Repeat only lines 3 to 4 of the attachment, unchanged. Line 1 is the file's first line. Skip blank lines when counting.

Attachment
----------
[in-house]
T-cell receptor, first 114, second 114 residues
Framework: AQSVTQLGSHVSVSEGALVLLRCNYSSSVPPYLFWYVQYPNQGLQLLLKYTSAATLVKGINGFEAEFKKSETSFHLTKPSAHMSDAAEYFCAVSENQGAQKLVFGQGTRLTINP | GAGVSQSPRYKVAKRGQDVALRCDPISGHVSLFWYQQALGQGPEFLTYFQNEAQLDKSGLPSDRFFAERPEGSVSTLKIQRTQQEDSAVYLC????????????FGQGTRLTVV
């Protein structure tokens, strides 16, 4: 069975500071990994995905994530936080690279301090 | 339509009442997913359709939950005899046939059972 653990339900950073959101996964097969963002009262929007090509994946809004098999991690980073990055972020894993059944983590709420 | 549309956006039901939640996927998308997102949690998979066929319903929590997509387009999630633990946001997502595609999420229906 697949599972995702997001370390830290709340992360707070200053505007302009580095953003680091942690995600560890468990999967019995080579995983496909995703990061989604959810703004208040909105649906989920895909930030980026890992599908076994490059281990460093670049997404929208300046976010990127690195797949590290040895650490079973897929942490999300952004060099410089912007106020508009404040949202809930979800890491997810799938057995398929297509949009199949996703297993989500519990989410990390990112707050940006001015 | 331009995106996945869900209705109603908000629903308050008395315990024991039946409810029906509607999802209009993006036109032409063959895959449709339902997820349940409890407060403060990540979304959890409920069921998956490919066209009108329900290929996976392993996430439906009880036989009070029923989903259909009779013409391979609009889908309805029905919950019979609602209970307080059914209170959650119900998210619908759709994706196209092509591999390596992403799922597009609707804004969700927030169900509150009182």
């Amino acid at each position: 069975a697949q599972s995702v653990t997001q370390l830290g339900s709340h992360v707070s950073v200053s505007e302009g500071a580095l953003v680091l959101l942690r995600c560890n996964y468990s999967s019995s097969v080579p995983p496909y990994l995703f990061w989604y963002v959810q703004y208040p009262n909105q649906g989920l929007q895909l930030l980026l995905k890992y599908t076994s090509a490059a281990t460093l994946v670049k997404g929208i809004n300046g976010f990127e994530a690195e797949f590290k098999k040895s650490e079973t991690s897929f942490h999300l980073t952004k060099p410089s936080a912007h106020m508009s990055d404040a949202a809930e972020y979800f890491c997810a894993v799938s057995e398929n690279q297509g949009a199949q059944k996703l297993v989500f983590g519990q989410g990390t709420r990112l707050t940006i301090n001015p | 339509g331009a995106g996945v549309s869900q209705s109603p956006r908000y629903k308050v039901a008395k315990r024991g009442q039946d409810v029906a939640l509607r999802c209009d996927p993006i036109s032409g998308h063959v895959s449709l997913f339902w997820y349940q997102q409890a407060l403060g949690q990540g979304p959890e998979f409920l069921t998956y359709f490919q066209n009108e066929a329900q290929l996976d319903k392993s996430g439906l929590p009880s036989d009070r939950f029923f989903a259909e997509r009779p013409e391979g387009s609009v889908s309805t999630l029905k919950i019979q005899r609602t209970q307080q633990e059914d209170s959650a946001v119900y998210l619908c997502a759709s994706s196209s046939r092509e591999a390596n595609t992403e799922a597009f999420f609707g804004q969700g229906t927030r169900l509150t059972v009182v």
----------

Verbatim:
Framework: AQSVTQLGSHVSVSEGALVLLRCNYSSSVPPYLFWYVQYPNQGLQLLLKYTSAATLVKGINGFEAEFKKSETSFHLTKPSAHMSDAAEYFCAVSENQGAQKLVFGQGTRLTINP | GAGVSQSPRYKVAKRGQDVALRCDPISGHVSLFWYQQALGQGPEFLTYFQNEAQLDKSGLPSDRFFAERPEGSVSTLKIQRTQQEDSAVYLC????????????FGQGTRLTVV
């Protein structure tokens, strides 16, 4: 069975500071990994995905994530936080690279301090 | 339509009442997913359709939950005899046939059972 653990339900950073959101996964097969963002009262929007090509994946809004098999991690980073990055972020894993059944983590709420 | 549309956006039901939640996927998308997102949690998979066929319903929590997509387009999630633990946001997502595609999420229906 697949599972995702997001370390830290709340992360707070200053505007302009580095953003680091942690995600560890468990999967019995080579995983496909995703990061989604959810703004208040909105649906989920895909930030980026890992599908076994490059281990460093670049997404929208300046976010990127690195797949590290040895650490079973897929942490999300952004060099410089912007106020508009404040949202809930979800890491997810799938057995398929297509949009199949996703297993989500519990989410990390990112707050940006001015 | 331009995106996945869900209705109603908000629903308050008395315990024991039946409810029906509607999802209009993006036109032409063959895959449709339902997820349940409890407060403060990540979304959890409920069921998956490919066209009108329900290929996976392993996430439906009880036989009070029923989903259909009779013409391979609009889908309805029905919950019979609602209970307080059914209170959650119900998210619908759709994706196209092509591999390596992403799922597009609707804004969700927030169900509150009182």